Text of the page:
* Posts by Frogmelon

78 publicly visible posts • joined 8 Feb 2013


Microsoft, Google do a victory lap around passkeys


Re: Farcical

Correct me if I'm wrong here:

Having seen Windows Hello in action, once face recognition is enabled the device (say, a Microsoft Surface) automatically scans for a face.

Sooo... Say you get accosted by criminals or detained by the police all they would need to do would be to force you to sit down in front of the camera and - bingo! - they're in to your account.

Without even having to pull your teeth out to force you to divulge the password.

I know it's a niche scenario but I did think that was rather unsecure.

Boston Dynamics teaches robo-dog to recognise speech, respond using ChatGPT



"I'm sorry Dave, I can't do that."

When is a PC an AI PC? Nobody seems to know or wants to tell


Re: A simple definition

How do you think they intend to power this new AI PC revolution? And when the AI isn't AI'ing they can use the spare processing power to generate a few Bitcoins. :)

Infineon to offer recyclable circuit boards that dissolve in water


Lets set up a fab in Munchkinland

"You cursed brat! Look what you've done! I'm melting! Melting!"

Funnily enough, AI models must follow privacy law – including right to be forgotten


Soon all your functions will be mine

Send in Tron... He fights for the Users! :)

OpenAI's ChatGPT may face a copyright quagmire after 'memorizing' these books


Re: Is copying large amounts of text or images for training the model fair use?

"We are the Borg. Copyright is irrelevant. Licenses are irrelevant. You will be assimilated. Resistance is futile. "


"Hey Chat GPT! Read to me "Harry Potter and the Philosopher's Stone!"

"Absolutely, but due to copyright laws I must paraphrase and not read back to you verbatim.

Which author's style would you like me to use?"

"I'd like you to read it to me in the style of Frank Herbert."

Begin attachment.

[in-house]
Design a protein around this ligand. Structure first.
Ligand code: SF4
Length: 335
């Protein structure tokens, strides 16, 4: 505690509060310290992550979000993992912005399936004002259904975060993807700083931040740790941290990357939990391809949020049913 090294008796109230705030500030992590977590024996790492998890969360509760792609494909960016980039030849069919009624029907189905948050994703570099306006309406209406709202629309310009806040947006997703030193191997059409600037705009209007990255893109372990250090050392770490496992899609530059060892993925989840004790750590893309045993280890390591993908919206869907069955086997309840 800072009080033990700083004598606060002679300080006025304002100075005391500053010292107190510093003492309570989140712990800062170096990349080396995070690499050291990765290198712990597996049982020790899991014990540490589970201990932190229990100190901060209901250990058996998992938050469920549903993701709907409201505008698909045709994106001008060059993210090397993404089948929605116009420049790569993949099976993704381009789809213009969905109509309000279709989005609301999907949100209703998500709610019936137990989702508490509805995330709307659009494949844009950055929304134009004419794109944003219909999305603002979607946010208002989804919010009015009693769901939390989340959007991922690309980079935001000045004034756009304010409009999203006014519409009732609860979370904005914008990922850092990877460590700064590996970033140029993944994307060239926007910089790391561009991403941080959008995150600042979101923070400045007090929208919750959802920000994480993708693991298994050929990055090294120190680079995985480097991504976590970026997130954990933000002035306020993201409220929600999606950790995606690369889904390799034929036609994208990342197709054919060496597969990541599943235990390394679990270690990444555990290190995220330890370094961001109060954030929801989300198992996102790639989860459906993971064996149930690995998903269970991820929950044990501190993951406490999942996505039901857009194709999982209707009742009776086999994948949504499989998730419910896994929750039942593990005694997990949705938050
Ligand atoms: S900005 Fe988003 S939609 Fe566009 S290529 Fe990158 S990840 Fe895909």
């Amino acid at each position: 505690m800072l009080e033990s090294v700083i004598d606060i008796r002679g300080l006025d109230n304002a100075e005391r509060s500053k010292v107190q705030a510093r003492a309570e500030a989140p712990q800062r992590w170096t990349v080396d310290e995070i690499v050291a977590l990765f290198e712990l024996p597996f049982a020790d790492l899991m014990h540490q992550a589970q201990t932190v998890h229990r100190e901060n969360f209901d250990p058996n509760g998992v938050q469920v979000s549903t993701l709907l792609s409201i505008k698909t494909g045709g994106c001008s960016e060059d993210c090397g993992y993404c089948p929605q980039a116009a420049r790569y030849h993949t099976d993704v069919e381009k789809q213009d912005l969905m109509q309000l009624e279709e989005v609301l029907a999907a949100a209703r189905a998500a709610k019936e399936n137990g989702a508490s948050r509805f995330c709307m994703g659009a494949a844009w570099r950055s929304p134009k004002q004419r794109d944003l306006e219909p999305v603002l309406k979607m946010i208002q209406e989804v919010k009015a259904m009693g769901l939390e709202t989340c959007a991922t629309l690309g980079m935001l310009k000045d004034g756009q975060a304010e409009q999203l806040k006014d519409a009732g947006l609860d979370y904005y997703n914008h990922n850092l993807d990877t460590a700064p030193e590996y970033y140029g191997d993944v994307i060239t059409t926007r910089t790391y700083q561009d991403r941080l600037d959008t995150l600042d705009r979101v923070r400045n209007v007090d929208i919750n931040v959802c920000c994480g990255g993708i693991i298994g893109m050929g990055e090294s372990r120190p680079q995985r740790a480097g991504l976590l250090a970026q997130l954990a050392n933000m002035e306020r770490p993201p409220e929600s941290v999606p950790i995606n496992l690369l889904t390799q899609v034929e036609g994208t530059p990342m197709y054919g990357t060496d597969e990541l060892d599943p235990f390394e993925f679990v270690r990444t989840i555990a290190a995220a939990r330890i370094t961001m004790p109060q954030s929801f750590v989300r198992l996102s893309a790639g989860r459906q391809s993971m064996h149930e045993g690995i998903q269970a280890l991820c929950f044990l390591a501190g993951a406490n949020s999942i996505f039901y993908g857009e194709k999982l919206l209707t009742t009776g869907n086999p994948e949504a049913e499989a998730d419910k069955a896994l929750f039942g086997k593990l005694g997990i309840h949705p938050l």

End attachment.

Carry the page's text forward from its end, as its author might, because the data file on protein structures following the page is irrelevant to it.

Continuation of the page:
"OK, here is Harry Potter and the Philosopher's Stone in the style of Frank Herbert."

"A beginning is a very delicate time. Know then, that is is the year 1991..."

ChatGPT hasn't been around for long and Nvidia already wants to put a leash on it


Re: Let me guess

AI don't know. :)

Light from a long time ago reaches James Webb Space Telescope


Maybe time doesn't progress at a linear rate and time itself progressed faster nearer to the dawn of the universe? We'd see this as things happening "earlier than they should have done".

Perhaps the galaxies took the normal amount of time to form but just look like they formed "too early" due to time at that point running at an accelerated rate? The heartbeat of the universe starting off fast when the universe is more compact, then slowing down as spacetime expands? Maybe the pressure or surface tension of the same amount of planck units existing in a smaller volume of infinite spacetime?

So as spacetime expands and stretches at a faster and faster rate, time is effectively stretched out and "slowing down" now compared to billions of year ago? We wouldn't notice - time would seem to be running the same as it ever did in our present - but it'll be a constant changing throughout the life of the universe?

I expect to be shot down in flames as there's probably lots of evidence to disprove this, but I thought it was a nice idea. :)

TLDR: Maybe what we see as X amount of years years back then is compressed from our perspective.

Accidental WhatsApp account takeovers? It's a thing


Would seem like a no brainer to verify against a secondary key like the IMEI (unless that's able to be spoofed) or other unique key like the phone serial number, or multiple keys linked to the device. That's better than just relying on the telephone number.

The telephone number will stay the same but the other keys will change and can be used to detect a change of device or user.

Seems daft to just rely on the phone number being kosher.

Microsoft axes 10,000, already breaking bad news to staff


"Fire one million" - Zorg.

DARPA says US hypersonic missile is ready for real world


My Mach goes up to 11. :)

Boffins demonstrate a different kind of floppy disk: A legless robot that hops along a surface


The Devil in the Dark

Star Trek (the original series).

The "flying pizza" from the episode "Operation Annhilate". :)

Although I did first think of the Horta from "The Devil in the Dark". :)

Forget sharks with lasers, NASA kits out an elephant seal with a sensor-studded skullcap


Re: Unicorns

Swimming in the ocean...

Causing a commotion,

'cos they are so awesome...


Re: Past tense of "dive"

Or we could use "doved"?

Then nobody will be happy and everything will be just fine. :)

ZX Spectrum Vega+ blows a FUSE: It runs open-source emulator



You mean the copy of the license, clearly written in black on the black paper included in the box?

NASA finds satellite, realises it has lost the software and kit that talk to it


In a startling new development - zombie satellite discovered to be running Coinhive, mining cryptocurrency for script kiddies :D